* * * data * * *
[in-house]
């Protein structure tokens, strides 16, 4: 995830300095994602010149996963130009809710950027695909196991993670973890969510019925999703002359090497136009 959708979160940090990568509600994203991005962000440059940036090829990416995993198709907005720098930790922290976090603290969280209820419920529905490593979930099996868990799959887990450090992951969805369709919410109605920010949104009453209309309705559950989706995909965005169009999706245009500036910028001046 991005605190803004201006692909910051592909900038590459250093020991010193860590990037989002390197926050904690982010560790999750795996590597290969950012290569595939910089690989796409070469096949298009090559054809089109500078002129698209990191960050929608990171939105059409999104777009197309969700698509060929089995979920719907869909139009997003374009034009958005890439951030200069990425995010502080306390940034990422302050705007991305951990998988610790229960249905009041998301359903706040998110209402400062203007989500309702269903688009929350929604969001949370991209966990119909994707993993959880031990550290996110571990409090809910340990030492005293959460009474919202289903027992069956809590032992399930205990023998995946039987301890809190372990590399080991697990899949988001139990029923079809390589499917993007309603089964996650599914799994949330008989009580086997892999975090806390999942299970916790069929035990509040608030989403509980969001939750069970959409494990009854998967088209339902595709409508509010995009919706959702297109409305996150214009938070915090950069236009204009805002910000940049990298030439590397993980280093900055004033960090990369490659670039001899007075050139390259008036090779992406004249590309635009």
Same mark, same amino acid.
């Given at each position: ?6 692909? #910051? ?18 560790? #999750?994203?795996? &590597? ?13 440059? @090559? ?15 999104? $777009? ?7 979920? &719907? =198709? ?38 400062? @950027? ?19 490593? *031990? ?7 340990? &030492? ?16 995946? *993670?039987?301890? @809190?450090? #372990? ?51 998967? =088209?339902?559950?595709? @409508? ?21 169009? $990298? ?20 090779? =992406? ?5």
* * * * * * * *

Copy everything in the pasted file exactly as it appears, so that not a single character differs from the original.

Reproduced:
[in-house]
């Protein structure tokens, strides 16, 4: 995830300095994602010149996963130009809710950027695909196991993670973890969510019925999703002359090497136009 959708979160940090990568509600994203991005962000440059940036090829990416995993198709907005720098930790922290976090603290969280209820419920529905490593979930099996868990799959887990450090992951969805369709919410109605920010949104009453209309309705559950989706995909965005169009999706245009500036910028001046 991005605190803004201006692909910051592909900038590459250093020991010193860590990037989002390197926050904690982010560790999750795996590597290969950012290569595939910089690989796409070469096949298009090559054809089109500078002129698209990191960050929608990171939105059409999104777009197309969700698509060929089995979920719907869909139009997003374009034009958005890439951030200069990425995010502080306390940034990422302050705007991305951990998988610790229960249905009041998301359903706040998110209402400062203007989500309702269903688009929350929604969001949370991209966990119909994707993993959880031990550290996110571990409090809910340990030492005293959460009474919202289903027992069956809590032992399930205990023998995946039987301890809190372990590399080991697990899949988001139990029923079809390589499917993007309603089964996650599914799994949330008989009580086997892999975090806390999942299970916790069929035990509040608030989403509980969001939750069970959409494990009854998967088209339902595709409508509010995009919706959702297109409305996150214009938070915090950069236009204009805002910000940049990298030439590397993980280093900055004033960090990369490659670039001899007075050139390259008036090779992406004249590309635009």
Same mark, same amino acid.
């Given at each position: ?6 692909? #910051? ?18 560790? #999750?994203?795996? &590597? ?13 440059? @090559? ?15 999104? $777009? ?7 979920? &719907? =198709? ?38 400062? @950027? ?19 490593? *031990? ?7 340990? &030492? ?16 995946? *993670?039987?301890? @809190?450090? #372990? ?51 998967? =088209?339902?559950?595709? @409508? ?21 169009? $990298? ?20 090779? =992406? ?5």